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Gwadar in Chinese hands

The port of Gwadar on Pakistan’s Makran coast. China’s acquisition of the strategic port in Pakistan is the latest addition to its drive to secure energy and maritime routes and gives it a potential naval base in the Arabian Sea, unsettling India. Photo: Behram Baloch/AFP  (Behram Baloch/AFP )Premium
The port of Gwadar on Pakistan’s Makran coast. China’s acquisition of the strategic port in Pakistan is the latest addition to its drive to secure energy and maritime routes and gives it a potential naval base in the Arabian Sea, unsettling India. Photo: Behram Baloch/AFP
(Behram Baloch/AFP )

For India, the port of Gwadar on Pakistan’s Makran coast ending up in Chinese hands can only be described as unhappy

It was only a matter of time before the port of Gwadar on Pakistan’s Makran coast ended up in Chinese hands.

The transfer of the port from the Port Authority of Singapore to China Overseas Port Holding Co. Ltd on Monday was a mere formality. Islamabad’s intention to do so was clear right from the time the project was started in 2002.

While the construction of the port and its infrastructure was largely funded by China, the asset was not handed over to Beijing. This was largely due to American sensitivities. Gwadar has a strategic location. It is virtually within shooting distance of the Strait of Hormuz and is located next door to Iran. Anyone holding the port also has access to the Arabian Sea. It is not surprising that India is concerned at the prospect of Chinese control of this port.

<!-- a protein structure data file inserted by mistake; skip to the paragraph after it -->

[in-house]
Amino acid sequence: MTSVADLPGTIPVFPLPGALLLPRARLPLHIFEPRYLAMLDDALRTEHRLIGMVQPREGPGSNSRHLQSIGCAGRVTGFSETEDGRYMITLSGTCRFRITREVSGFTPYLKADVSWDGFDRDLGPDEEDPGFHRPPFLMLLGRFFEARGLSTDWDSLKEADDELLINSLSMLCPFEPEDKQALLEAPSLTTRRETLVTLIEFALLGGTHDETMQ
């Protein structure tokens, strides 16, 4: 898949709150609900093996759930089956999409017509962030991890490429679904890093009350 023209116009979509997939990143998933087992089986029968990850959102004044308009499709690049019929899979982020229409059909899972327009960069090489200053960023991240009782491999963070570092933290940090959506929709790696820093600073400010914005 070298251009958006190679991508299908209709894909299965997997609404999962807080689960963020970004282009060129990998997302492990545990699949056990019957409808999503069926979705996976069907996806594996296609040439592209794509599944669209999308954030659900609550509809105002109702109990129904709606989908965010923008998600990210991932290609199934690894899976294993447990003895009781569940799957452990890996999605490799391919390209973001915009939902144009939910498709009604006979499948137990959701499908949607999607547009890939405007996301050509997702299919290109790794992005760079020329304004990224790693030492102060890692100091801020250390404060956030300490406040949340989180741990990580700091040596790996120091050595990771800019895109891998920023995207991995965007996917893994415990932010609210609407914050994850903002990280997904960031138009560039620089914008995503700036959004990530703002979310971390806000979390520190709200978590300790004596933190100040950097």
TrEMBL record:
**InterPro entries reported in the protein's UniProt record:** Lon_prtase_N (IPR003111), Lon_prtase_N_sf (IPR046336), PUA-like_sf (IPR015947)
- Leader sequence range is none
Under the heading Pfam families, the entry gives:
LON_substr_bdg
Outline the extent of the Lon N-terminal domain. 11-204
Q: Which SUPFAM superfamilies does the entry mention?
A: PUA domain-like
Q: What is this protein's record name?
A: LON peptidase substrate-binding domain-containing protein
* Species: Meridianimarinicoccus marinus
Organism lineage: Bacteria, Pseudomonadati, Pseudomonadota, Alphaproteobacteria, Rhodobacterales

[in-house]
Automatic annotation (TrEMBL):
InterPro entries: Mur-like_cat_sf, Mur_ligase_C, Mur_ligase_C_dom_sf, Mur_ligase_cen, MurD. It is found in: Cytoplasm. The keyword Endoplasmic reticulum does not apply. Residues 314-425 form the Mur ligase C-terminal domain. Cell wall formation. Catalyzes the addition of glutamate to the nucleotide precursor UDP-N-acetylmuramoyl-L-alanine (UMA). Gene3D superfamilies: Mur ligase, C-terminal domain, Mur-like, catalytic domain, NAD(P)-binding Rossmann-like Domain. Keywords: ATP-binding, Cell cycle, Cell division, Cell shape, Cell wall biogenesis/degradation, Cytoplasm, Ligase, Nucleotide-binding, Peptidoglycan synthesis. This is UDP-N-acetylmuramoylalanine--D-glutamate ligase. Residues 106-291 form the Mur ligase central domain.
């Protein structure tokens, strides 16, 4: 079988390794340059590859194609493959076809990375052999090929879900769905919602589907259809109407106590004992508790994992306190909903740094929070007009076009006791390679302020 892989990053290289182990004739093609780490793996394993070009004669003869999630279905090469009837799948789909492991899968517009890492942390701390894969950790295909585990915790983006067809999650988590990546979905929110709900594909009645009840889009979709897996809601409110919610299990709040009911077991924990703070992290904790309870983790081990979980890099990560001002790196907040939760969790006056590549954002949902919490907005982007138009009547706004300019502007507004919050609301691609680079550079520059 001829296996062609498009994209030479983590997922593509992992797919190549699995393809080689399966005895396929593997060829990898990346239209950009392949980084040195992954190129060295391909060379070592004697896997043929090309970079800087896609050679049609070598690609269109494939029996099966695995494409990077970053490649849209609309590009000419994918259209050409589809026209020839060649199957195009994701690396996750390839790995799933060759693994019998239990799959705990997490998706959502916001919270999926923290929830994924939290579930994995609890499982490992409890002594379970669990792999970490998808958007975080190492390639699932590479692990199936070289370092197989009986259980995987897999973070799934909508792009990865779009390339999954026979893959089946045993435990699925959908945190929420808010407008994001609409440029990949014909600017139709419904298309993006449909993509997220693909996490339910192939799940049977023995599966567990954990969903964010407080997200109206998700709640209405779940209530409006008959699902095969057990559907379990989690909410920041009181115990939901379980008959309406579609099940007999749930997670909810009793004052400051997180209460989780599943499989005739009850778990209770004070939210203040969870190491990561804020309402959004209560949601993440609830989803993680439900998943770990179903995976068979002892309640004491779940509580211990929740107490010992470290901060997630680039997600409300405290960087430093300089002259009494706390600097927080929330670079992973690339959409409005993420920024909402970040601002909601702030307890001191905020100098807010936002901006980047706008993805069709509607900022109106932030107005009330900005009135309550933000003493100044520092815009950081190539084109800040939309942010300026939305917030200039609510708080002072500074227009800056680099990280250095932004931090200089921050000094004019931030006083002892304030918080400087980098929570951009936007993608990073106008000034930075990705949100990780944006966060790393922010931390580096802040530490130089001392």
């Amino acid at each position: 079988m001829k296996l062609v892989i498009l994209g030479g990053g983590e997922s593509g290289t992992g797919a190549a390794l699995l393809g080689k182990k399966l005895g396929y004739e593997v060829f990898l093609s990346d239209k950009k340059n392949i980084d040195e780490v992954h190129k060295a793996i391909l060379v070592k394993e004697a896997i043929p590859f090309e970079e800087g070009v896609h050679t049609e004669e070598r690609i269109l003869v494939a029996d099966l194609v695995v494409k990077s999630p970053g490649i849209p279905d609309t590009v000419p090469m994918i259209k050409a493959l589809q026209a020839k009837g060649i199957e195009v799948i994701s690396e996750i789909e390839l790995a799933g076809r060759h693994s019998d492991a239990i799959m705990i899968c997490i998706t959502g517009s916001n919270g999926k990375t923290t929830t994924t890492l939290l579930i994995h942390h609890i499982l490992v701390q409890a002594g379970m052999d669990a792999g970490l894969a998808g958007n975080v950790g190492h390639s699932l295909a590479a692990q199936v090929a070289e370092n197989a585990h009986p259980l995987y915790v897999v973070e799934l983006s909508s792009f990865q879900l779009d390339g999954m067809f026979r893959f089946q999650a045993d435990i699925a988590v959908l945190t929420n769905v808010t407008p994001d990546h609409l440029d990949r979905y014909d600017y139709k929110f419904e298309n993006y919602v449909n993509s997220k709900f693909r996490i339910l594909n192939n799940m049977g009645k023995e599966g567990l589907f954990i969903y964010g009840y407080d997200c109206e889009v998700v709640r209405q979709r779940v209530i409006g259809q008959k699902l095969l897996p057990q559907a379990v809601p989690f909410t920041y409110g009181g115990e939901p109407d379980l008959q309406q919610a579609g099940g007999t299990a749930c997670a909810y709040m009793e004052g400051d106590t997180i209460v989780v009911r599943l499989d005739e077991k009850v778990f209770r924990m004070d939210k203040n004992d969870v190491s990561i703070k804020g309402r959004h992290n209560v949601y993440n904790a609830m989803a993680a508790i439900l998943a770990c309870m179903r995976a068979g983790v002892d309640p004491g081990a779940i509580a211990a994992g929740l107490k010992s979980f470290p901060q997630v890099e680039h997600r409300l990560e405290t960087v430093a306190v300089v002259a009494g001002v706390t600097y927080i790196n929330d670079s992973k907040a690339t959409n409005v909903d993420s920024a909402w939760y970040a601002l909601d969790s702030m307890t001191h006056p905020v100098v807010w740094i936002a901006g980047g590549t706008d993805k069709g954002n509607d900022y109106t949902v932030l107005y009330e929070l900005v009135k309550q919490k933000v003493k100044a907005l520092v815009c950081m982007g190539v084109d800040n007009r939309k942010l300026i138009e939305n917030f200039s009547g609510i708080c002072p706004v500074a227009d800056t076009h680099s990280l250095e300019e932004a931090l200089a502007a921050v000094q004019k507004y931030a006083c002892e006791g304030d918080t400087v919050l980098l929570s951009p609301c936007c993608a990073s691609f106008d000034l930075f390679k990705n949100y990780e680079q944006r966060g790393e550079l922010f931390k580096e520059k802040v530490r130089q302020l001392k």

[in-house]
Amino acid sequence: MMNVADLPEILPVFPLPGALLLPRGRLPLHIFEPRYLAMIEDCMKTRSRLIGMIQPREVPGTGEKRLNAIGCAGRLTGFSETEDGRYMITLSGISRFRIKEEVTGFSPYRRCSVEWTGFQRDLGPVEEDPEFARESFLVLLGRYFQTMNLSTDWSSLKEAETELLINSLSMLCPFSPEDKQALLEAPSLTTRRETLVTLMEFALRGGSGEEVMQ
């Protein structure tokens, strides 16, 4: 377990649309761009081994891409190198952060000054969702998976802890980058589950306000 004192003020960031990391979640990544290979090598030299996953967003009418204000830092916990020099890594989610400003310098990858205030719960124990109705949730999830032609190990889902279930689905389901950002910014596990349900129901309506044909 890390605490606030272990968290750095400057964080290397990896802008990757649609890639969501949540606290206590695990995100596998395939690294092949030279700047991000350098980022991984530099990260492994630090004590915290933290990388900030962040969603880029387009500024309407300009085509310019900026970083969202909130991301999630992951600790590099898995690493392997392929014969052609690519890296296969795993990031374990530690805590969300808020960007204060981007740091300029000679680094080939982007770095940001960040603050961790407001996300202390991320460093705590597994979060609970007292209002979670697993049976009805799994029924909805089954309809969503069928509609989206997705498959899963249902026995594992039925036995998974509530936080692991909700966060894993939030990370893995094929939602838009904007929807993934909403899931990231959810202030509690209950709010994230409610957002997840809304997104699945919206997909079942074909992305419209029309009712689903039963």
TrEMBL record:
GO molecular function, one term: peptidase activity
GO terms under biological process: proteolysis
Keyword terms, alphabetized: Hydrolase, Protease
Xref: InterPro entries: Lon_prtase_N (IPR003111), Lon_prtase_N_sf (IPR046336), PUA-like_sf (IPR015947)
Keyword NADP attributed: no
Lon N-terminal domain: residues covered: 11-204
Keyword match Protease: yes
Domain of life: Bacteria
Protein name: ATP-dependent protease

For China, control of the port is useful. For one, it gives China access to key energy markets in the Middle East. A pipeline from the Makran coast to energy hungry Chinese cities may appear a dream at the moment but is not unfeasible. For another, at the moment China has to transport the bulk of its energy resources from the Middle East through the Indian Ocean via the Strait of Malacca, a choke point if there ever was one.

Strategically, it makes much sense for China to secure an alternative route for this purpose. In addition, once this route is developed, it will also enable China to link it up with its gas and crude oil supplies from Central Asia.

It will, of course, allow Pakistan to dream of becoming an energy hub. This scenario can no longer be dismissed as a fantasy of armchair strategists.

For India, this development can only be described as unhappy.

But apart from a minister expressing concern or some sundry strategic analyst issuing pro forma warnings about strategic encirclement in the Indian Ocean littoral, an insular New Delhi doesn’t appear to care who does what at its periphery.

Geostrategic confinement is not something that can be undone in a year or even in a decade. The price India will pay for this inertia will only be apparent later.

Has the last nail in India’s strategic encirclement been hammered in at Gwadar? Tell us at views@livemint.com

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